That’s why Amazon reviewer Marc Schenker in Vancouver has become a Web-ratings vigilante. For the past several years, he has left nothing but one-star reviews for products. He has called men’s magazine Maxim a "bacchanalia of hedonism," and described "The Diary of Anne Frank" as "very, very, very disappointing."
The vast majority of reviewers on Amazon "are a bunch of brown-nosing cheerleaders," says Mr. Schenker, who reviews under pseudonyms including Jerkface. "In an online store selling millions of items, there’s bound to be many, many awful ones," he says.
Mr. Schenker suspects that Amazon intentionally deletes negative reviews so it can sell more products. It did kick him off the site last year and, he says, won’t even let him make purchases. The company wouldn’t comment on his removal, but a letter he says he received from Amazon describes his posts as "rude, harassing and abusive to others."
Other critical reviewers say they get flak for their brutal honesty. Mark Nuckols, an American teaching finance in Moscow whose Amazon book ratings average a three, says he’s concerned by what he senses is a practice of "pre-emptive deletion." When he posted a "mildly critical review" of a recent children’s book by Tom Tomorrow, it never surfaced. When he tried to post a review of another Tom Tomorrow book, it didn’t show up, either.
An Amazon spokeswoman wouldn’t comment on Mr. Nuckols’s experience, but said that the company allows negative comments if they don’t contain distasteful language.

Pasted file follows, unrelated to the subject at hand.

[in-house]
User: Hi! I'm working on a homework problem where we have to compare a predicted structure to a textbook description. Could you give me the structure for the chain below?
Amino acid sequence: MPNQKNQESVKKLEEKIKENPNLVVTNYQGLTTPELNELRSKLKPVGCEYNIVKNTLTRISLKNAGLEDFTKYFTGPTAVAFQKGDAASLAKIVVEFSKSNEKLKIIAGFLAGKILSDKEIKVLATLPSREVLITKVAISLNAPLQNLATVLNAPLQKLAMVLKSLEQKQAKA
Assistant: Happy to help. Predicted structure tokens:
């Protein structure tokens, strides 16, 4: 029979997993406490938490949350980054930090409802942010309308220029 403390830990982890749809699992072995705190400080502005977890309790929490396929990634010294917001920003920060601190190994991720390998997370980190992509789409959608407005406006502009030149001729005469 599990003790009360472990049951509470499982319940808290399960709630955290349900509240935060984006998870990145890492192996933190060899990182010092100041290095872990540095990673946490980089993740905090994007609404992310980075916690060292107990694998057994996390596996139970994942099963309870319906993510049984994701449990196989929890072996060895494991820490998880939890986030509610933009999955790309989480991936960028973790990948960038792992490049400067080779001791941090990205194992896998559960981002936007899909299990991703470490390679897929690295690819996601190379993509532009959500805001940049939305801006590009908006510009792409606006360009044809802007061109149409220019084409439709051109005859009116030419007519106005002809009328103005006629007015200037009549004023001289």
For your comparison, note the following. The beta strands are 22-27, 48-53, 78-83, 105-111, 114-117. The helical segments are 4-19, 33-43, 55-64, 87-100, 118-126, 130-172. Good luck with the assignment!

Some suspect companies goose their ratings. This summer TripAdvisor.com, which averages just above a four, posted warnings that some of its hotel reviews may have been written by hotel managers. But review sites say the incidence of fakes is tiny, and many pay people to delete puffery.
Other sites admit they have a positivity problem and are taking novel steps to curb the enthusiasm. One way is to redefine average. Reviews of eBay.com’s millions of merchants were so positive that eBay made 4.3 out of five stars its minimum service standard. Beginning this month, it is switching to a system that counts just the number of one- and two-star reviews. Sellers who get more than 3% to 4% of those ratings could get kicked off of eBay.
Another site, Goodrec, decided to ditch the five-star rating system altogether, replacing it with a thumbs-up and thumbs-down system. Amazon now highlights what it dubs "the most helpful critical review" at the top of its reviews page.
Jeremy Stoppelman, chief executive of Yelp.com, which posts reviews of local businesses in cities around the country, bragged in September that his site’s reviews were more diverse. The average review on Yelp is 3.8. Many assume online reviews are "only rants or raves, resulting in consumer Web sites composed solely of ratings on the extremes," he blogged. "A broader range of opinions can give consumers a more complete view of a business," he says.
Being more negative is something that comes with practice, says Elizabeth Chiang, a 26-year-old financial consultant, who posts a lot of local business reviews on Yelp. When she began writing them in 2006 she was easily impressed by the wide variety of bars and restaurants in New York. "I thought everything was awesome," she says.
But after reflecting upon her reviews, she realized recently "it’s kind of meaningless if every one is great." Now Ms. Chiang writes a review only after trying a restaurant at least twice, and has lowered her average to a 3.6, on about 250 write-ups. In a recent review, she said that one cocktail tasted like "listless, ennui-crippled sugar water."